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Drug Side Effects

Do Sulfonylureas Increase Risk Of Cancer In Diabetics?

May 30, 2017

Sulfonylureas are a class of anti-diabetic drugs that act by increasing insulin release from beta cells of the pancreas. Glyburide and glimepiride are considered second-generation sulfonylureas and are the most commonly used compounds in anti diabetic medications. Of the many side effects it can cause, increased risk of cancer is one that diabetics are most afraid of.

Glyburide, it seems, has a greater risk of cancer in patients of type 2 diabetes than other sulfonylureas. In a study published in Diabetes Care in 2015, researchers followed more than 280,000 type 2 diabetics. Out of these 4105 patients were diagnosed with cancer. This study showed that higher cumulative doses of glyburide were associated with cancer risk.

Glyburide was found to trigger the production of reactive oxygen species, chemicals that can cause oxidative damage to the cells of the body. These reactive chemical entities are known to cause cancer (pro-oncogenic). And it seems that only glyburide, by its action on the body, causes the production of these charged species, and not other sulfonylureas.

The risk of cancer with glyburide was also dependent upon duration of use. It was found that the risk of cancer was 21% greater after 36 months use in patients who were 40 years and above and who were recently prescribed a second-generation sulfonylurea compound.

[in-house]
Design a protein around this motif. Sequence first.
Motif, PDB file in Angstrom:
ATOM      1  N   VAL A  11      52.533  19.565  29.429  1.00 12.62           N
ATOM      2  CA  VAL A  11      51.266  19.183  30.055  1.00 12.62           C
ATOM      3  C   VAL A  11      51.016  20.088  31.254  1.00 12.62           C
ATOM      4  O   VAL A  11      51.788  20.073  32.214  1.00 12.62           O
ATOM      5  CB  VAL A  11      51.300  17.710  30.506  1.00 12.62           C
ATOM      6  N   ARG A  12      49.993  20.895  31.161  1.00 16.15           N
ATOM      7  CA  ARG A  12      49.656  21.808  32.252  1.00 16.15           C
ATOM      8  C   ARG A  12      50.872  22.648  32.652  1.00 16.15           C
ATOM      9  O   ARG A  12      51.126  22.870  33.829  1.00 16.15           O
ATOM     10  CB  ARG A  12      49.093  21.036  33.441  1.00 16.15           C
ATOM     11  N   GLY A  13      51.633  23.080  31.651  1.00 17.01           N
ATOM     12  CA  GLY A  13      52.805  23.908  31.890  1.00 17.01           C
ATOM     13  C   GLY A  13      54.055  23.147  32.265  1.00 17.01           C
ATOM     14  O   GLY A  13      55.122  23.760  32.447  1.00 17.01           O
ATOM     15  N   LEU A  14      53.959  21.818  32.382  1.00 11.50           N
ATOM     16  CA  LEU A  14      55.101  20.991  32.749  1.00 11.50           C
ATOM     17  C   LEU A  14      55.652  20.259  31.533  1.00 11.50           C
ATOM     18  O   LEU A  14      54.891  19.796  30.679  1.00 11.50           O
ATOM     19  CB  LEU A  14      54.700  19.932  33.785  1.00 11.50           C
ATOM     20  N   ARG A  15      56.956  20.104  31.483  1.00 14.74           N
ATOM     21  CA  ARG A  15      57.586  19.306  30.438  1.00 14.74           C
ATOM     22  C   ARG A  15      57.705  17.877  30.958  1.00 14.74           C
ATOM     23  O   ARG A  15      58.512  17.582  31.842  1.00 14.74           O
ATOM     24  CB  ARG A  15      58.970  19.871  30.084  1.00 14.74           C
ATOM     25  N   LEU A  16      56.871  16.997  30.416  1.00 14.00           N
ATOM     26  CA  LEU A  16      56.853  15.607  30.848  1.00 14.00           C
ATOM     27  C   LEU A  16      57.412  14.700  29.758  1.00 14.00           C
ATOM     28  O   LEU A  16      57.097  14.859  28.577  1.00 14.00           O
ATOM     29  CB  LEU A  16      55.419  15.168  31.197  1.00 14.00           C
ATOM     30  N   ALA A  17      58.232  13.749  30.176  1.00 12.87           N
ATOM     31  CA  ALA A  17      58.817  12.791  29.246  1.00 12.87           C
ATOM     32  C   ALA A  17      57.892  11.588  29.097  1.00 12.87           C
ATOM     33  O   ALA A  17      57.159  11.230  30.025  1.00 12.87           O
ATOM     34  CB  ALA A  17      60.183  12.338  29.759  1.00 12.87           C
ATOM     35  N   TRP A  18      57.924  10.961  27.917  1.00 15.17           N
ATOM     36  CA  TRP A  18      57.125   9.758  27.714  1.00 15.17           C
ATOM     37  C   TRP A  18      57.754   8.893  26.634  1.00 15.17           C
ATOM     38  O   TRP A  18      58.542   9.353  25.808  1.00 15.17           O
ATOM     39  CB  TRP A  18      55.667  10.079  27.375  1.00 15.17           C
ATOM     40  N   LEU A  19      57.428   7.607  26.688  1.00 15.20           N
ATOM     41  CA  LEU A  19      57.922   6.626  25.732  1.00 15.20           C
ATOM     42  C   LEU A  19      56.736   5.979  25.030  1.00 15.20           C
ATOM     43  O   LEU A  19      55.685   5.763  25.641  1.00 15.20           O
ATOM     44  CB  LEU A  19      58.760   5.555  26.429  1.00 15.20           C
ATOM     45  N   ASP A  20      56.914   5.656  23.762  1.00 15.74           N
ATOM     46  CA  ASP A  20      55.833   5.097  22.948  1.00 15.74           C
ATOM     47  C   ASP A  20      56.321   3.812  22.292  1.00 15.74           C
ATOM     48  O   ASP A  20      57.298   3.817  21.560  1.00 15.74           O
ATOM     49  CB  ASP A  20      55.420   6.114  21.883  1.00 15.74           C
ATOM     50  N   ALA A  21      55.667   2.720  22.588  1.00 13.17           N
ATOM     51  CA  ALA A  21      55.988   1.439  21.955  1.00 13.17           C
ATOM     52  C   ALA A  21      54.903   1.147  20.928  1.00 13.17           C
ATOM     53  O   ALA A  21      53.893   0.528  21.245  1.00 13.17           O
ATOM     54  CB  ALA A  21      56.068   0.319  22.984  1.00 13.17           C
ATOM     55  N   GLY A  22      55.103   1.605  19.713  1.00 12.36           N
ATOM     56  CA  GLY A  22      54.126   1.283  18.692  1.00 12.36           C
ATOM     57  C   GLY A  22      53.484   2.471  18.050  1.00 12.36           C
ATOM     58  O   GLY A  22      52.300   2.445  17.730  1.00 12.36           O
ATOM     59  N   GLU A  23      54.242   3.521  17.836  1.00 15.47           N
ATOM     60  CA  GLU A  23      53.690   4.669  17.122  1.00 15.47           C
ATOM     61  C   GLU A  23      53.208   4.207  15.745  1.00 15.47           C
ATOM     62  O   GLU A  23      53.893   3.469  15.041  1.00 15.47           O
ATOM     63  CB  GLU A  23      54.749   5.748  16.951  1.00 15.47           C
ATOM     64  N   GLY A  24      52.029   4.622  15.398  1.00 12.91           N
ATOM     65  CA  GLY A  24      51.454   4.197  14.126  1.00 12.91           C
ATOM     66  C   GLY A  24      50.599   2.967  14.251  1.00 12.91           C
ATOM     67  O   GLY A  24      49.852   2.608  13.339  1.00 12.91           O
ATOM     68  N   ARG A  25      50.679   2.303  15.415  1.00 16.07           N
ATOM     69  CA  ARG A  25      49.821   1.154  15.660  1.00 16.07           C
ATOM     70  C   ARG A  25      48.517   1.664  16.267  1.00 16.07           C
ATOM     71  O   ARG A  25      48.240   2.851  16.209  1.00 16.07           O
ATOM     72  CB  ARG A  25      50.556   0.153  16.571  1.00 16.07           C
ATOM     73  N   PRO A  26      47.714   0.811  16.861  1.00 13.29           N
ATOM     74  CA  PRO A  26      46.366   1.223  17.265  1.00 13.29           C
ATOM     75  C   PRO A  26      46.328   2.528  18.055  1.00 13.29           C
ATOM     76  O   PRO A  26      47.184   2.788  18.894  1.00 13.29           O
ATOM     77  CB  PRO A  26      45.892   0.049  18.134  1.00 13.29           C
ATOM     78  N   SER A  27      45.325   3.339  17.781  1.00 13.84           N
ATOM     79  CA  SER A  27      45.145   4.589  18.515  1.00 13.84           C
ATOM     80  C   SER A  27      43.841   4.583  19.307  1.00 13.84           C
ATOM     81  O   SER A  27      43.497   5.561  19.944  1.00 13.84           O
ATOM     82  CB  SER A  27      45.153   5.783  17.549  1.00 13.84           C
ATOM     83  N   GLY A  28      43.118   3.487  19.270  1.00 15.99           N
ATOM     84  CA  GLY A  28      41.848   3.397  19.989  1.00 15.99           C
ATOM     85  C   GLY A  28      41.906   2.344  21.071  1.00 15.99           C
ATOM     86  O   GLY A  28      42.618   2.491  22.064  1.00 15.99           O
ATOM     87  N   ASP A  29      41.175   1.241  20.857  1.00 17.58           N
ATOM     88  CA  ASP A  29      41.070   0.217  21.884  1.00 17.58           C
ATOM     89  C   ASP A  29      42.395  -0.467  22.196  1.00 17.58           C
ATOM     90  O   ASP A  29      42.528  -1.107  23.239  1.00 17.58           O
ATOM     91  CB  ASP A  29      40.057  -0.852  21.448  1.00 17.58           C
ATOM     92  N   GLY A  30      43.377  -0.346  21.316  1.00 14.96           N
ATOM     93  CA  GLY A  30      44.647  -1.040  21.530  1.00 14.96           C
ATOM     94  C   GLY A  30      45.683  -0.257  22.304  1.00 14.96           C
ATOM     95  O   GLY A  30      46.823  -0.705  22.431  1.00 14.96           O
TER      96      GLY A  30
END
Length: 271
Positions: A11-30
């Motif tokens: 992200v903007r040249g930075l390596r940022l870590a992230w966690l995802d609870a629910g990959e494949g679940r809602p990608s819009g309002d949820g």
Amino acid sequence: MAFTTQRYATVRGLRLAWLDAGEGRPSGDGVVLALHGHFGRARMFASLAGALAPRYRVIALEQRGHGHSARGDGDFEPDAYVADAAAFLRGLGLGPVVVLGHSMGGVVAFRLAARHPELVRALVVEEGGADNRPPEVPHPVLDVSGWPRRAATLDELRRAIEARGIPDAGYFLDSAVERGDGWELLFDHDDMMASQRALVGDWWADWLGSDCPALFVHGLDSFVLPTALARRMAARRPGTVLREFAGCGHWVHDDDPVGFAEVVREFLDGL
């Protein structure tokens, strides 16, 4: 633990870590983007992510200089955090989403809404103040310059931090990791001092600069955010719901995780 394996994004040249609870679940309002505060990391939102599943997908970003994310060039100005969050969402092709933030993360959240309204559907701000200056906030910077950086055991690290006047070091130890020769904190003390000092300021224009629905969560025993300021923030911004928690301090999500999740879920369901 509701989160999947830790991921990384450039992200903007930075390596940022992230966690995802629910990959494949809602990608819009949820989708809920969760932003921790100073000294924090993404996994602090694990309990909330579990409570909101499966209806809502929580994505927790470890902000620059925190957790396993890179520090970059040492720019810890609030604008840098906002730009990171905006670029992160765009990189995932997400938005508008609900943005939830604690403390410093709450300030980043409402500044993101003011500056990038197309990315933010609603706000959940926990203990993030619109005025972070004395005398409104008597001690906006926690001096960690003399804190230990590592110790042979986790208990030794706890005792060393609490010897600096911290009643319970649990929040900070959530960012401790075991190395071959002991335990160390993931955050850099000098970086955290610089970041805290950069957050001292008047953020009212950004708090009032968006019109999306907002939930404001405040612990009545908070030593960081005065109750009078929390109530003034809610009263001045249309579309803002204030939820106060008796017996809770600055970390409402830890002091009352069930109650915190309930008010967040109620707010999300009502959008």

The prevalence and epidemic proportions of type 2 diabetes has necessitated the invention of new anti diabetic medications each year, of which glyburide is a popular member. However, newer, more serious, health complications and side effects are also being discovered, making it difficult for physicians to prescribe these medications with confidence.

M.D.s today acknowledge that there is a need for a more holistic approach to chronic conditions. Chronic conditions often involve multiple bodily systems. The conventional medical approach often looks at each system separately, whereas chronic diseases seem to respond best to a holistic, functional approach.

The increased risk of cancer with long term use of a promising drug candidate like glyburide is a matter of great concern. Chronic diseases need a functional medicine approach, one that focusses on diet, exercise, stress management and dietary supplements, to reverse chronic diseases like Type 2 diabetes.

Mahesh Jayaraman
Mahesh is a traditional acupressure therapist and health counselor. He is certified in Functional Nutrition from Washington State University and uses a wide array of healing modalities to guide his clients to vibrant health and well-being.